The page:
Women's struggle with stress incontinence

Research examines which surgery is most effective

May 25, 2007|By Frank D. Roylance | Frank D. Roylance,sun reporter

Stress incontinence — It's an embarrassing problem. Not painful or life-threatening. Just embarrassing and upsetting. And expensive.

Stress incontinence - the tendency to leak urine when you sneeze, cough or lift a heavy object - affects as many as 3 million women in the United States, about a third of all those who experience any sort of urinary incontinence.

The cause isn't clear. It could be a consequence of childbearing, hormonal changes at menopause or simple aging. But something weakens the muscles that support the bladder and control the flow of urine through the urethra below it. And under the mechanical stress of a cough, a laugh or just walking, urine slips out.

Incontinence of all types becomes more and more common as we age, and sufferers spend $20 billion a year, by one estimate, on absorbent pads, drugs and surgery in an effort to cope.

"Everywhere I go, I run into women who are having this problem, and they are normally too embarrassed to talk about it," said Gevaul Smith, 50, of Randallstown.

Doctors say many don't seek help because they don't realize there are treatments available.

Smith, a mother of four, said her struggle with stress incontinence began in 1989. She began wearing pads and carrying spares, just in case. But "it gradually got worse. ... I kept telling myself, `You cannot stop doing the things you enjoy doing,'" she said.

Smith was one of 655 women across the country who enrolled in the first major effort to compare the effectiveness of the two primary surgical solutions to stress incontinence.

The research, reported this week in The New England Journal of Medicine, was the first designed to resolve a decades-long dispute among urologists and gynecologists over which procedure works better. In the end, the results were mixed.

While the "pubovaginal sling" surgery preferred by urologists had a higher success rate than the "Burch colposuspension" procedure favored by gynecologists, it also produces higher rates of complications, including urinary infections.

"The doctors practicing in this field never really knew which was better. ... They never had the strength of evidence we have now," said Dr. Toby C. Chai, a urologist at the University of Maryland School of Medicine and principal investigator for the UM portion of the multicenter study.

In one sense, it may not matter. Patient satisfaction was high for both, said Dr. Harry W. Johnson Jr., director of urogynecology at Maryland and co-principal investigator in the study. "They're both still good operations."

And both camps have already moved on to more advanced, less invasive techniques with quicker recovery times.

Chai and Johnson agreed the study's most important contribution may be as a point of comparison for evaluating the effectiveness of the new procedures. "Now we have something that is well-described as far as the outcomes," Chai said. And that should mean better information and better solutions for patients.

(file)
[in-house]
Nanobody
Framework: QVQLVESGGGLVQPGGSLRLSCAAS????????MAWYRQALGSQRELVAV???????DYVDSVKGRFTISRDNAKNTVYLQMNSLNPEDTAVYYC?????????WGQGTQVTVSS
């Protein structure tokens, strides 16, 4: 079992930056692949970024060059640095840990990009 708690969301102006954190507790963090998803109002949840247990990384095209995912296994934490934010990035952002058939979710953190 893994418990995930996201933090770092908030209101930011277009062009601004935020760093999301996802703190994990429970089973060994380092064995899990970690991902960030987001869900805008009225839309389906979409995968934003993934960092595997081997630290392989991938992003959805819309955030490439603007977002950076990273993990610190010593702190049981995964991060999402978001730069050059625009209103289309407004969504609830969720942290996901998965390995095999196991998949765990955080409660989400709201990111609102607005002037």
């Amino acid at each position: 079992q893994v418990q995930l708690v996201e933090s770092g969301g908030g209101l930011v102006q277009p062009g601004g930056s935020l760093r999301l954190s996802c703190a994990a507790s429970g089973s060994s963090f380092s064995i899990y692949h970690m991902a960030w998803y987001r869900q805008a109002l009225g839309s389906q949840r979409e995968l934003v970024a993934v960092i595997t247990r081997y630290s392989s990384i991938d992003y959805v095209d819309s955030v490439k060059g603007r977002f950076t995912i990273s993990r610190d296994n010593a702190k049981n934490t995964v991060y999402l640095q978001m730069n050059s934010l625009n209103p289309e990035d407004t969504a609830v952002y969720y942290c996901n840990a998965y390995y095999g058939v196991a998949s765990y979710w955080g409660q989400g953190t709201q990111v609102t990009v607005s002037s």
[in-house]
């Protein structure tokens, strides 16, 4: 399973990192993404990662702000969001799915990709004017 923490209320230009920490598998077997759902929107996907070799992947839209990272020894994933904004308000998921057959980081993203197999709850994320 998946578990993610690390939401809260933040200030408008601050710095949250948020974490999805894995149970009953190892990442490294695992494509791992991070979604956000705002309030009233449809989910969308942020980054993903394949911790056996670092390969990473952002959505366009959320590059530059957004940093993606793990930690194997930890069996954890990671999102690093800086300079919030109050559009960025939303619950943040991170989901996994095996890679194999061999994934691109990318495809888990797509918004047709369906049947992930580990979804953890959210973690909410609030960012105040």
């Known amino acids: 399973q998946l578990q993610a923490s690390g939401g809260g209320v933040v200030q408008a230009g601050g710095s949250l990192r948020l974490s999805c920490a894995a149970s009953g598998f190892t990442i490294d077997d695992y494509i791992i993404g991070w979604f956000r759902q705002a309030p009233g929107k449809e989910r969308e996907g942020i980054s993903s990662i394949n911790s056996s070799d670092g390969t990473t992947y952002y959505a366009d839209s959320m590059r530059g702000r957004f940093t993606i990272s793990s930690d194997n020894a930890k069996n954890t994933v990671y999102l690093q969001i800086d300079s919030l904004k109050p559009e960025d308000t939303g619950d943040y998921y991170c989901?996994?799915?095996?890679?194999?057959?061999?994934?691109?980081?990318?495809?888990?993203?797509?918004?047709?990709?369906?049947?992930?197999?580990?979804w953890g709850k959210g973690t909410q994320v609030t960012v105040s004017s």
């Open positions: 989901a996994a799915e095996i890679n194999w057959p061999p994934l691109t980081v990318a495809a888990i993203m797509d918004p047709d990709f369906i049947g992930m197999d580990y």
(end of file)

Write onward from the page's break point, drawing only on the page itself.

The outcome for Gevaul Smith could not have been better. After she enrolled in the study, she was among the 326 women randomly selected to have the "sling" procedure.

"Sling" surgeons first open the abdomen with a 4-inch incision and remove a 4-inch-by-half-inch strip of connective tissue.

Then, working through an incision in the vagina, they use the tissue to construct a sling to support the bladder's "neck" and the urethra. The two ends of the sling are attached to the abdominal muscles above the pubic bone.

"It was one of the best things I could have done," Smith said. "I have not had any problems, not any whatsoever. I feel like before I had kids."

Cate Teague, 51, of White Marsh, was among the 329 women selected for the Burch procedure.

After years of gradually worsening leaks, she said, "it got totally out of control." She worried about leaving home and fretted over the availability of bathrooms. "A lot of anxiety built up from it," she said.

Finally, one day at work, her adult diaper filled, and she began to leak. Worse, she couldn't even feel it. "I had urine running down my leg," she said. "I told the boss, `I have to go home.'"

Since her surgery, all that is past. She has no more leaks, and she can feel when urine is on the move. "From [my surgery] on, I have never had a problem. It's a huge success," she said.

The Burch procedure is subtly different from the sling. Instead of harvesting connective tissue to make a sling, surgeons enter through a belly incision and suspend the outer wall of the patient's vagina with sutures attached to a ligament on the pubic bone. Like suspension cables, the permanent sutures also add support for the urethra.

Although Teague was happy with the Burch procedure, the study found that the sling operation was significantly better at "curing" stress incontinence - 66 percent compared with 49 percent. Sling patients also experienced fewer re-treatments for stress incontinence.

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